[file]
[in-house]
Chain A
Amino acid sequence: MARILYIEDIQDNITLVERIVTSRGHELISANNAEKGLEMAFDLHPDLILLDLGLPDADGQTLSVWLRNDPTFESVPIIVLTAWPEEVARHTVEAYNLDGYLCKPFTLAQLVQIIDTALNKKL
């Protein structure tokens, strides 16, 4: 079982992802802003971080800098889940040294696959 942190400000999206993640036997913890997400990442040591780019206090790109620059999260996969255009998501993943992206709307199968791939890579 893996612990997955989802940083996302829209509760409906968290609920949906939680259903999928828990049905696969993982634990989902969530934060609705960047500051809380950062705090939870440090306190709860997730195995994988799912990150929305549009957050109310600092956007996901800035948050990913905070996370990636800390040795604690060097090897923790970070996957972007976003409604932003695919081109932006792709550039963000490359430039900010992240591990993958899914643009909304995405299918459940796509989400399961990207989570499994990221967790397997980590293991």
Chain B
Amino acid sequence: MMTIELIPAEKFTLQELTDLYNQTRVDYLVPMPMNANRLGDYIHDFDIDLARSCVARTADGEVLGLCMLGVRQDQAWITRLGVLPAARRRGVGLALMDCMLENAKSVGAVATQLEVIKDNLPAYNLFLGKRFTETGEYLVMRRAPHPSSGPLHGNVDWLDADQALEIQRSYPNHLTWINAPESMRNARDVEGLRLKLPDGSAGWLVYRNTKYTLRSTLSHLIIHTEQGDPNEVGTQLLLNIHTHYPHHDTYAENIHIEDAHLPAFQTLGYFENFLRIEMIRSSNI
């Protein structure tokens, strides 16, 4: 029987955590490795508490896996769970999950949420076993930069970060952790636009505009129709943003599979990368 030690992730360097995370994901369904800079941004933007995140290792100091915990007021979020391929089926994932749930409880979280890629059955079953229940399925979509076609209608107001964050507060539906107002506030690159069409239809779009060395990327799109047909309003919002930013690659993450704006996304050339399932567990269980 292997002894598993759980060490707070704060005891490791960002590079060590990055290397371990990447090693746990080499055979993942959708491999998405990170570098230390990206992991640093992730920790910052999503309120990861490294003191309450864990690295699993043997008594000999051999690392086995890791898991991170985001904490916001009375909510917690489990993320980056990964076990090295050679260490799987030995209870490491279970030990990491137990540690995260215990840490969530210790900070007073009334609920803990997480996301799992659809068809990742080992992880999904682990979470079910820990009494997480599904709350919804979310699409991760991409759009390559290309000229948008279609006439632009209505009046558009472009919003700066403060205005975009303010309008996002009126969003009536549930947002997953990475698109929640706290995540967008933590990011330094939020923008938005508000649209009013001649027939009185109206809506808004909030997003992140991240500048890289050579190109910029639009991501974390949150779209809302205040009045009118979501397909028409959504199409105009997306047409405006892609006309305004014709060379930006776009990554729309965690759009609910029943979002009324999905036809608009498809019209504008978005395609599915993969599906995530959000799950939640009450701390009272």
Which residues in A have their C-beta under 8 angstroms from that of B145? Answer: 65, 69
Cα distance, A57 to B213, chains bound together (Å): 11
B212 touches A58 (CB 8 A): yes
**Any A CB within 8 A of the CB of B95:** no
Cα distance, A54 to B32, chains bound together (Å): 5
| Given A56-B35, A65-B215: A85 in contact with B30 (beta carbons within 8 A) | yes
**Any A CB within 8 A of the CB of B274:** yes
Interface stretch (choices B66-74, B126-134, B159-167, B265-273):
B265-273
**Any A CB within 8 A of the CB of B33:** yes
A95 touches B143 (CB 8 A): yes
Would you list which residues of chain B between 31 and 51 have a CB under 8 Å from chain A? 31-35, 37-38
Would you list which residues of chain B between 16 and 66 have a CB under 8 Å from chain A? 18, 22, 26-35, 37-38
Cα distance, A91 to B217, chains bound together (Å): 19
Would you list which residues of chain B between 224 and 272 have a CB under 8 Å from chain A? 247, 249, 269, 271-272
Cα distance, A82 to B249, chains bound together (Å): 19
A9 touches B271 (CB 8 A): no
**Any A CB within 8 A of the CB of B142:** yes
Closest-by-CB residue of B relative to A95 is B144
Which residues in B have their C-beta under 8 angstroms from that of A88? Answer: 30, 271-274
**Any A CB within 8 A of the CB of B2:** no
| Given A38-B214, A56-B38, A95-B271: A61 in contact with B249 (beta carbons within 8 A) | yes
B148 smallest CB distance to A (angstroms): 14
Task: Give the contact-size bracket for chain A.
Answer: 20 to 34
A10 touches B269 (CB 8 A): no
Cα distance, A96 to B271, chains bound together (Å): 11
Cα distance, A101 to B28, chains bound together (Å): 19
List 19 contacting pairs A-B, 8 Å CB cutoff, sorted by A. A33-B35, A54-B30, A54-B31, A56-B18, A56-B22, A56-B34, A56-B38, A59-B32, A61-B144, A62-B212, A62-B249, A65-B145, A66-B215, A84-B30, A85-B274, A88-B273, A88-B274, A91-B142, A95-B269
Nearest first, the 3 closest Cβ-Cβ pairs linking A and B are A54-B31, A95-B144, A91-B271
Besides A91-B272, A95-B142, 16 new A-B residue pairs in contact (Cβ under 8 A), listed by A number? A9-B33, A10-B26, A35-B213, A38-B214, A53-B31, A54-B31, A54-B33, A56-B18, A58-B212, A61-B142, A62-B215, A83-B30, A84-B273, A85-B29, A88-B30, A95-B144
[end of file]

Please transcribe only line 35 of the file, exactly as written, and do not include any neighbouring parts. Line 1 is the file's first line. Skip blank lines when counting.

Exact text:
Cα distance, A101 to B28, chains bound together (Å): 19